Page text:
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The Salary ‘Transparency Agenda’: Who Needs to Know? by Emily Pfefer

Iceland splashed across Twitter feeds when on January 1, 2018 the nation’s first-in-the-world law came into effect, requiring companies of 25 or more employees to proactively certify that they pay men and women equally for the same jobs or face fines for non-compliance. Despite being ranked by the World Economic Forum (WEF) as having the narrowest gender gap in the world for the past 9 years, Iceland’s government recognised the need to take stronger action against their still persistent gender pay gap. The WEF Global Gender Gap Index is based on a broader array of political and economic measures than only the gender pay gap.

9 January 2018

It’s too early to determine whether Iceland’s policy will succeed in its goal to eradicate its gender pay gap by 2022. The policy as reported may do little to address the extent to which broader occupational segregation accounts for the aggregate gender pay gap. This refers to clustering of men and women in different kinds of jobs, which are paid at different rates, such as was critical to the landmark UK Supreme Court ruling in 2012 against the Birmingham City Council. The ruling allowed scores of women from female-dominated jobs like cooking and cleaning to sue for equal pay in civil courts based on the higher pay given to men in male-dominated jobs of equal value, like refuse collection. The ability of this law to address occupational segregation’s contribution to the gender pay gap hinges on whether the equal pay certifications in Iceland require employers to demonstrate their salary comparisons according to a genuine implementation of the principle of equal value or not. Even still, the law is toothless against occupational segregation across employers, rather than within them, which would continue to be reflected in national statistics.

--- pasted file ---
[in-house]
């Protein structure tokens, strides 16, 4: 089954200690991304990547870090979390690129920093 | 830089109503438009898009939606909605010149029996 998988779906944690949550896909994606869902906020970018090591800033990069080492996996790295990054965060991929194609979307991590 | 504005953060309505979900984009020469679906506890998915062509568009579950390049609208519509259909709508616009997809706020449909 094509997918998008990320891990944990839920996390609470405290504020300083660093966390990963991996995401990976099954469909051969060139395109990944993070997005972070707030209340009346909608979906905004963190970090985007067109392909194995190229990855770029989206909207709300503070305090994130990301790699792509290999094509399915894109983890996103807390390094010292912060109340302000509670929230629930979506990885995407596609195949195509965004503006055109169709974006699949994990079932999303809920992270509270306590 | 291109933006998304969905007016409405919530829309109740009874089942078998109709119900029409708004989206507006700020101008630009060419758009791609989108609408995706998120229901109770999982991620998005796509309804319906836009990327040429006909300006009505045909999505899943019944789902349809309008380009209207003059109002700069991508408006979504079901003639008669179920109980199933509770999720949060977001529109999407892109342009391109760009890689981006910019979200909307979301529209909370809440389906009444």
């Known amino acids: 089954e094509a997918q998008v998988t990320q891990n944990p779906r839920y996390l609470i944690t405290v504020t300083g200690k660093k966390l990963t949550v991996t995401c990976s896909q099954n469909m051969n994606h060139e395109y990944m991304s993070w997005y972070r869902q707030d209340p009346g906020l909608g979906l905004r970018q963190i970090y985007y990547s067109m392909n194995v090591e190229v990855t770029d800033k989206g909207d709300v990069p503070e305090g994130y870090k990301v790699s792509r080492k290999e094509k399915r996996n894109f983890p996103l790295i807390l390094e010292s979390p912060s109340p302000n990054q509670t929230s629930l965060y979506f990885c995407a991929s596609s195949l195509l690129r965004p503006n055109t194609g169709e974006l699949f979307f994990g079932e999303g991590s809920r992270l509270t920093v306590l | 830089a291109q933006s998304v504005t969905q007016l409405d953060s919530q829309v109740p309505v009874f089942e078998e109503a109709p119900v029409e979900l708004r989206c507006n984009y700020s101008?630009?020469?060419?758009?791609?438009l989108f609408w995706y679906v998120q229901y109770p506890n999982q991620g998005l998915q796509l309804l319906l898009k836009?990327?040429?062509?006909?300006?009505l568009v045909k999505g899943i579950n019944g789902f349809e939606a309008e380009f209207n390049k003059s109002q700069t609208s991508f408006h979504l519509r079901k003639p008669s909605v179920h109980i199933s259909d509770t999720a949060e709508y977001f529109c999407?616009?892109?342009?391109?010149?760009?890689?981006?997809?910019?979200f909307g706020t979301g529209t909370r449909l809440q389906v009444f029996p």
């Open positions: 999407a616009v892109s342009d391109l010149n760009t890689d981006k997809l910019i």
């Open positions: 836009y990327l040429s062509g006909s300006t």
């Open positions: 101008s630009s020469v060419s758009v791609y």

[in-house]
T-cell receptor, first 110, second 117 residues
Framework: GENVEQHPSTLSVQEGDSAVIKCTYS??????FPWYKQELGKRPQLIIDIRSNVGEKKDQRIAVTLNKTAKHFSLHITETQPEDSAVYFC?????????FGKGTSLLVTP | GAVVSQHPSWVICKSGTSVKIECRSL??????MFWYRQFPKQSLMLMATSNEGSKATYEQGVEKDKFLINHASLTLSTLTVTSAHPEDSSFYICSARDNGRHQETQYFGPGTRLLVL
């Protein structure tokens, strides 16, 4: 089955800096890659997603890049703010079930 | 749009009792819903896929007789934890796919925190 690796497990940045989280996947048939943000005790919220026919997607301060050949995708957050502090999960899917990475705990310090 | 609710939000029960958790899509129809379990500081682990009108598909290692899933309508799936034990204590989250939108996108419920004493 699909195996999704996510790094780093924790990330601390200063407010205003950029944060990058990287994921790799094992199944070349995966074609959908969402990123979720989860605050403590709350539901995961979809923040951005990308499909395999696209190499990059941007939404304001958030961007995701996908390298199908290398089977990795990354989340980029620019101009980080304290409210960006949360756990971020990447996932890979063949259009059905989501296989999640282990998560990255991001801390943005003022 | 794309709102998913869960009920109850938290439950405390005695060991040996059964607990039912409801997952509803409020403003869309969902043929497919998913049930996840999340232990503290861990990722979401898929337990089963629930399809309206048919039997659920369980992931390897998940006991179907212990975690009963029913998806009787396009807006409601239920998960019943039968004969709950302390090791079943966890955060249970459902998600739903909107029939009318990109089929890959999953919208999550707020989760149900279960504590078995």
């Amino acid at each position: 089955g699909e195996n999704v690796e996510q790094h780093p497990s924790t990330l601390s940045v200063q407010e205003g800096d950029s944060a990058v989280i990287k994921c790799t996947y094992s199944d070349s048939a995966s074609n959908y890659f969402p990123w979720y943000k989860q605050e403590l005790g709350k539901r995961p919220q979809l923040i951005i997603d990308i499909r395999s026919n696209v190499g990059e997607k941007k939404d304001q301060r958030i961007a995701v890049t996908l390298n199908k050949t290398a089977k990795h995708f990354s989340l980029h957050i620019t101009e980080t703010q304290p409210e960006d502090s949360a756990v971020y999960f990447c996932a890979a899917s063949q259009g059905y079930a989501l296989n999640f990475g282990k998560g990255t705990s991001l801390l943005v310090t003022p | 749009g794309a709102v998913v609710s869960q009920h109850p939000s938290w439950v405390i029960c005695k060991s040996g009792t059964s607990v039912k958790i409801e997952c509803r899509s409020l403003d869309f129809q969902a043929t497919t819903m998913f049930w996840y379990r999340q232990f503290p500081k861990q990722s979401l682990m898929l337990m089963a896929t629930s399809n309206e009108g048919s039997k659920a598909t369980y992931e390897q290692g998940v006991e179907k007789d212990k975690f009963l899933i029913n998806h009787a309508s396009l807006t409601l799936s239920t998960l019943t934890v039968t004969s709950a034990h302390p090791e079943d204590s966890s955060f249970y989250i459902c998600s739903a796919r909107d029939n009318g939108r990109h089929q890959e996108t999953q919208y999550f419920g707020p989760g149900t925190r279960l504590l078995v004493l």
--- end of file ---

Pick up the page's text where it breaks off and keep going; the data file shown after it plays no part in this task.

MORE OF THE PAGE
Never-the-less, Iceland’s new law is certainly a radical step forward in the realm of equal pay law. Well-meaning though traditional equal pay laws may be, the reality of most western equal pay legislation is that the onus continues to be generally placed on the victim to identify her mistreatment. This can be tough because, apart from the legal costs and stress that may be involved in bringing an equal pay claim, many people for a variety of complex reasons are uncomfortable talking about their pay. Employers are not incentivized to push back against this wage taboo. Frankly, the less people know about what others around them earn, the more power employers preserve to keep payroll costs down.

Despite the public promotion of a so-called salary ‘transparency agenda’ under recent UK governments, the UK is not immune to this problem. Then a Women and Equalities minister, MP Jo Swinson remarked on this matter in a 2013 media interview, saying "I think sometimes there's something very British in our culture where we don't talk about money, and I think that is one of the things that holds women back.”

The Equality Act 2010, passed in the final days of the UK’s last Labour government, anaemically nudged UK employers to at least consider appearing to become more transparent about their pay on paper. Although much of the Act was implemented in October of 2010, the then-coalition Government choose another path for section 78 of the statute. This portion of the Act empowered the government to lay regulations mandating employers to publish their company level gender pay gap. However, the government opted to sit on this power, instead launching the voluntary Think, Act, Report scheme in September 2011. In February 2016, the government responded to feedback from its consultation to consider implementing section 78. Unsurprisingly, only 7 companies had actually voluntarily reported their gender pay gap data by then. Acknowledging this failure, the Conservative government finally promulgated the regulations in 2017 to mandate gender pay gap reporting. These regulations mandate the first reporting publications by March and April 2018 for public sector and private & voluntary sector employers of 250 or more employees respectively.    

Whether uptake of this reporting requirement, which although ‘mandatory’ is accompanied by no current sanction financial or otherwise for non-compliance, will be significantly higher than Think, Act, Report was and whether it will have any practical impact on the UK’s aggregate gender pay gap is still unknown.

What we can say is that this measure to identify the gender pay gap, in contrast with Iceland’s new law, precisely avoids consideration of the kind of one-to-one equal pay comparisons necessary to identify discrimination. Women remain left to figure it out themselves, which is something I am exploring in my own PhD research on the culture of secrecy and the gender pay gap in UK higher education. Last November, I was able to present early findings from my survey of pay discussion behaviour by UK academics at the Global Equality and Diversity Conference 2017 in London.

To learn more about my developing research, feel free to get in touch via Twitter (@EmPfefer) or email e.d.pfefer@qmul.ac.uk

 

 

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